Pilgrim: The Courthouse Dog

By: Former Judge Leslie Spornberger Jones

Few people would bat an eye to hear that the new employee in the courthouse has a detailed job description, much less that he has a business card. But when the co-worker is a four year-old black Labrador-Golden Retriever mix, eyebrows raise, and smiles abound. At least that has been the experience in Bartow and Gordon Counties since Pilgrim, the Courthouse Dog, arrived on the job on February 15, 2016. 

Pilgrim, the Courthouse Dog“Pilgrim helps break down people’s guard,” says his handler, Julia Richards, the Director of Victim Assistance for the Cherokee Judicial Circuit’s District Attorney’s Office.

Pilgrim was “hired” to provide support for victims, witnesses, courthouse personnel, and even defendants. He accomplishes his work by sitting with both children and adults as they wait for court, prepare for interviews, or meet with other people. Richards says Pilgrim knows over 40 commands. “He can turn pages in a book, bring puzzle pieces to you, open doors, and close drawers. He even has a board book that he shares with people who visit our office.” 

His most important responsibility is providing comfort to people unfamiliar with the court process. “Pilgrim is here and available to everyone who comes into or works in the courthouse,” Richards says. His sweet, disarming charm and gentle presence put even those most nervous or stressed by being in court at ease.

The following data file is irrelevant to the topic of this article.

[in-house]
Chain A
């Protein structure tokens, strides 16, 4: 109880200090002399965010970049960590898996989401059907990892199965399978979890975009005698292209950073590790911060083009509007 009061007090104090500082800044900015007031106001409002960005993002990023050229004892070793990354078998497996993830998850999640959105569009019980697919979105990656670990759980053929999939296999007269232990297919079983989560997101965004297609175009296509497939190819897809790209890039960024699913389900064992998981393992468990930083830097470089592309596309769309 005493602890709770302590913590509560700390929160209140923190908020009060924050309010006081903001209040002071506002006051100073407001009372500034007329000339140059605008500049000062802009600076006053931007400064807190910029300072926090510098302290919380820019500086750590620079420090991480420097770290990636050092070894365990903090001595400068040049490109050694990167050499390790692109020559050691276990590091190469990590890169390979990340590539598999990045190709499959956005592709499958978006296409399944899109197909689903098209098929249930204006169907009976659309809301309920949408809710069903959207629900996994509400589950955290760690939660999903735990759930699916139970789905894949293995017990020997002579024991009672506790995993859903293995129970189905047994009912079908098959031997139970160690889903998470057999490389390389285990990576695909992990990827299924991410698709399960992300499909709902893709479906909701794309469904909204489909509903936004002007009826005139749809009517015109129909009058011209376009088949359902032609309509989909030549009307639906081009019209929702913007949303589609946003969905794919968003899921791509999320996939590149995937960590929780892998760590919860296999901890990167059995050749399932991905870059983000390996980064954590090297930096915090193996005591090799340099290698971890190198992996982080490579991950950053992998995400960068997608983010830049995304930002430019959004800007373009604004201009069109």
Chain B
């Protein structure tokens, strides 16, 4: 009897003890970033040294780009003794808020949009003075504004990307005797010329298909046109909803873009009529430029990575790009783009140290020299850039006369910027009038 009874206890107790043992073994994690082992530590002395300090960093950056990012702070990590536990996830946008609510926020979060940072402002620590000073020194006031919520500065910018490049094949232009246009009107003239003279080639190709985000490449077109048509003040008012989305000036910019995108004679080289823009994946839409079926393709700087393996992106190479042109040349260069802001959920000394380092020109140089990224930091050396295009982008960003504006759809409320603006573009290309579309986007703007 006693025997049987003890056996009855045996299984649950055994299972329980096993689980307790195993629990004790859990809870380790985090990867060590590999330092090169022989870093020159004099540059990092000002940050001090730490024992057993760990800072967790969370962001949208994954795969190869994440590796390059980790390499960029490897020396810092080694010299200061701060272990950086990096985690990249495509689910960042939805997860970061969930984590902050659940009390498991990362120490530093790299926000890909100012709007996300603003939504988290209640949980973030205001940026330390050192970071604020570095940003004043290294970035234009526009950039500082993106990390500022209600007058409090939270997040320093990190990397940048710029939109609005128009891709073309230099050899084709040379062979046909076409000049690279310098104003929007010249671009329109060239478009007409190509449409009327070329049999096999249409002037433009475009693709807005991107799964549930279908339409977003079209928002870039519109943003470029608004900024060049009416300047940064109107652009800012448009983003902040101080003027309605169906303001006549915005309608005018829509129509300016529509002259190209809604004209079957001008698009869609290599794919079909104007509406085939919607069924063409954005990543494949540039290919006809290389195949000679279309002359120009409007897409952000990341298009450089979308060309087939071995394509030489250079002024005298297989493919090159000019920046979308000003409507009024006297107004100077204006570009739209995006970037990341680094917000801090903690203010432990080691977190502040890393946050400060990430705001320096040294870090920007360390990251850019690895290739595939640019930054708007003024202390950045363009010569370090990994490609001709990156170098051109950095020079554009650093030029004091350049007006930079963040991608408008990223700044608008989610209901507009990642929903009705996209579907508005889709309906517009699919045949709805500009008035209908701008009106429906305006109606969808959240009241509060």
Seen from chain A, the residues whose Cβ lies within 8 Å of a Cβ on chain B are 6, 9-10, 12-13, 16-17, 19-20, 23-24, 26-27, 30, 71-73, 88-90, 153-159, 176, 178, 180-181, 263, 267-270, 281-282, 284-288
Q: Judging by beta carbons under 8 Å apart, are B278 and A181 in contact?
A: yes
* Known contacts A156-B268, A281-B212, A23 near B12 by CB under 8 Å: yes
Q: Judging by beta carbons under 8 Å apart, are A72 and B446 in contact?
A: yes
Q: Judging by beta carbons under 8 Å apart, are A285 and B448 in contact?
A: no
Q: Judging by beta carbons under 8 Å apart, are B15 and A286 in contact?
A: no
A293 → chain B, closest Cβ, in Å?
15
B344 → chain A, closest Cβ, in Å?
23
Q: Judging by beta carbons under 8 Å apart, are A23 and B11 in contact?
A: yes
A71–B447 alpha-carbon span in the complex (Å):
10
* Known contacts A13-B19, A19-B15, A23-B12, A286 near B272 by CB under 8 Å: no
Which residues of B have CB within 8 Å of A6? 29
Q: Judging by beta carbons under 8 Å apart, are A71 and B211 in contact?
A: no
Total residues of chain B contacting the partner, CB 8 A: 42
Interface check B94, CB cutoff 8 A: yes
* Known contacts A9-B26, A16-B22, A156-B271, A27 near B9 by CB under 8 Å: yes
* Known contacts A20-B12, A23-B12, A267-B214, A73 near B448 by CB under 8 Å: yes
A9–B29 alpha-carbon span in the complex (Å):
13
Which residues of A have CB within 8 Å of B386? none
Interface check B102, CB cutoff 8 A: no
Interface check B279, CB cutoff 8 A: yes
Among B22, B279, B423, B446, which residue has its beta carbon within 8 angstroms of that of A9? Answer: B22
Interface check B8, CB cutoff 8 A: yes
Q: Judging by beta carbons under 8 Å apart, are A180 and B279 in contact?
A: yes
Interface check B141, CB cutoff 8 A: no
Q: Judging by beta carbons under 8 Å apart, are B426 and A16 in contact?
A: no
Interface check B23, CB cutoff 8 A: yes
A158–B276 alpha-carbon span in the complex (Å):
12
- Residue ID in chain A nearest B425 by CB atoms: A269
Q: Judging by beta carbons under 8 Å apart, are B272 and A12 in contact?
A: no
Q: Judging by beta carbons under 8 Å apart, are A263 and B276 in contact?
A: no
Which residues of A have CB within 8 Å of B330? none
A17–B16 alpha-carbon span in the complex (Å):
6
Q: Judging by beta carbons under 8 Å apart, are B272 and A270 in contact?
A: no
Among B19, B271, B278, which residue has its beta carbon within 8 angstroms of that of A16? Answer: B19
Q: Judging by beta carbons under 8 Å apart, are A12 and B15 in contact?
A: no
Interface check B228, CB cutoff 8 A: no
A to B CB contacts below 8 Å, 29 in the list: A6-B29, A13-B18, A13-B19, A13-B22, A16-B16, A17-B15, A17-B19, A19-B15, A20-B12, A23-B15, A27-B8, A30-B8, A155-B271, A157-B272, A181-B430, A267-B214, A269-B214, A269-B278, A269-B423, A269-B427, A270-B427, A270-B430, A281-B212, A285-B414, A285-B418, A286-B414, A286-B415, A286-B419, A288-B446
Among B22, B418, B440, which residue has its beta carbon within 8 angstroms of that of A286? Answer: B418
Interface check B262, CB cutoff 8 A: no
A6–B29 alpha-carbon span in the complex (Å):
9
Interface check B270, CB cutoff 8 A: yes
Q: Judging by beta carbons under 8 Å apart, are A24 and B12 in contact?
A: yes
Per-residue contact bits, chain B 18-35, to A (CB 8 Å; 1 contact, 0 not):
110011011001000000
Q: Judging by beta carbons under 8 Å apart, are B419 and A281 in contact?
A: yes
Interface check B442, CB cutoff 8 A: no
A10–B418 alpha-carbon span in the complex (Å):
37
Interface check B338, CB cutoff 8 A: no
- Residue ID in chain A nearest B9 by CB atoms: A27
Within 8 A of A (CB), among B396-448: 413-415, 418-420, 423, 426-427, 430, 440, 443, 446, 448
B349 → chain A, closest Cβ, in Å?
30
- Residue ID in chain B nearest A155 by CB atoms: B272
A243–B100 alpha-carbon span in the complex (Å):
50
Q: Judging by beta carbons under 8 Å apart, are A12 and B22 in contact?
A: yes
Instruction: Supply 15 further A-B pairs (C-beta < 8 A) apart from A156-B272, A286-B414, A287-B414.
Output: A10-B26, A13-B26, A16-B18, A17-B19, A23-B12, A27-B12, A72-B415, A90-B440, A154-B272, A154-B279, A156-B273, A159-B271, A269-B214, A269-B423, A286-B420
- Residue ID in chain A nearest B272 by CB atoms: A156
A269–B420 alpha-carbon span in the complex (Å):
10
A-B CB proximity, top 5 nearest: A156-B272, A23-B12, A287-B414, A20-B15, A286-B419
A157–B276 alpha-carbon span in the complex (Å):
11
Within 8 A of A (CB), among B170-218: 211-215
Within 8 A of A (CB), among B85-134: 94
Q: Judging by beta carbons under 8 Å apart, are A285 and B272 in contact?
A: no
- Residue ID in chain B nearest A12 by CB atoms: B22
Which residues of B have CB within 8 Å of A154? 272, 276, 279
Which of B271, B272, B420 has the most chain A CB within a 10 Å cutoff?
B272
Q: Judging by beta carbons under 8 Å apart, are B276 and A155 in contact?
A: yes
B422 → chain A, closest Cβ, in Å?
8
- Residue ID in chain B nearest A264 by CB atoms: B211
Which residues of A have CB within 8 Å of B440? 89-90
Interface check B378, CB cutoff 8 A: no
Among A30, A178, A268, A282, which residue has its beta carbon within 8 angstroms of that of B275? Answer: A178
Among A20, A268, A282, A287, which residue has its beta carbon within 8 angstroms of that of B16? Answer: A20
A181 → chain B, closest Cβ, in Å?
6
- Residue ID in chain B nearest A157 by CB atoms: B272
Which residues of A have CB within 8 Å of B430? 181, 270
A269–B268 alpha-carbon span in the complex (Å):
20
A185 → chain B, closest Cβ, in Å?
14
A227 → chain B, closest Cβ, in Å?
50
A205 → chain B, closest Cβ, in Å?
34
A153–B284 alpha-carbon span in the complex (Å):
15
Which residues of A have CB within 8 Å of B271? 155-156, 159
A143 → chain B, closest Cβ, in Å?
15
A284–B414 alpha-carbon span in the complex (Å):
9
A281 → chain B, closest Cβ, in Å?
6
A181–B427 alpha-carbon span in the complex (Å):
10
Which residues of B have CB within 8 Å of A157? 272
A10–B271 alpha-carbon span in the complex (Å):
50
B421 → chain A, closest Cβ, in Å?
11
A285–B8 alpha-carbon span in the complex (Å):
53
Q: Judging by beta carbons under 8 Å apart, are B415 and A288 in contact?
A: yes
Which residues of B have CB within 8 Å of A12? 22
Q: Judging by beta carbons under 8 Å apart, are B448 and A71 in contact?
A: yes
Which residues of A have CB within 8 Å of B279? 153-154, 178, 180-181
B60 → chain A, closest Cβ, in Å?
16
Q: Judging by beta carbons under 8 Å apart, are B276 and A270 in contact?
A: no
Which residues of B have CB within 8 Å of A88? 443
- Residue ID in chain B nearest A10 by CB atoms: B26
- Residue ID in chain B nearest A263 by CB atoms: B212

Richards describes how a child victim of a crime that is currently being prosecuted “was petrified about coming to court. We thought there would be no way to get the child on the stand. We began working with the child’s therapist, and learned the child liked dogs. So we introduced the child to Pilgrim.”

Pilgrim with girlAt their first meeting, the child’s face lit up, and Richards’ staff was finally able to visit the courtroom with the child, who asked a lot of questions. Richards is confident the child will be able to testify without fear now. “A calm witness is better for both the prosecution and the defense.”  Once relaxed, the witness can focus on testifying, rather than underlying trauma.

Of course, not everyone is comfortable with dogs. Signs on the door to the District Attorney’s Office notify visitors that a dog is present. Precautions are taken to limit the possibility of allergic reactions by those with dog allergies. And Pilgrim is only introduced to someone when it is clear they are comfortable with dogs.

Pilgrim came to the courthouse from Canine Companions for Independence’s (CCFI), which is the oldest and largest assistance dog organization in the United States. CCFI provide four types of assistance dogs: service dogs that help people with disabilities perform daily tasks; hearing dogs who alert their deaf and hearing-impaired partners to important sounds; facility dogs like Pilgrim that work with clients in special settings; and skilled companions who help increase the level of independence of people with developmental and cognitive disabilities.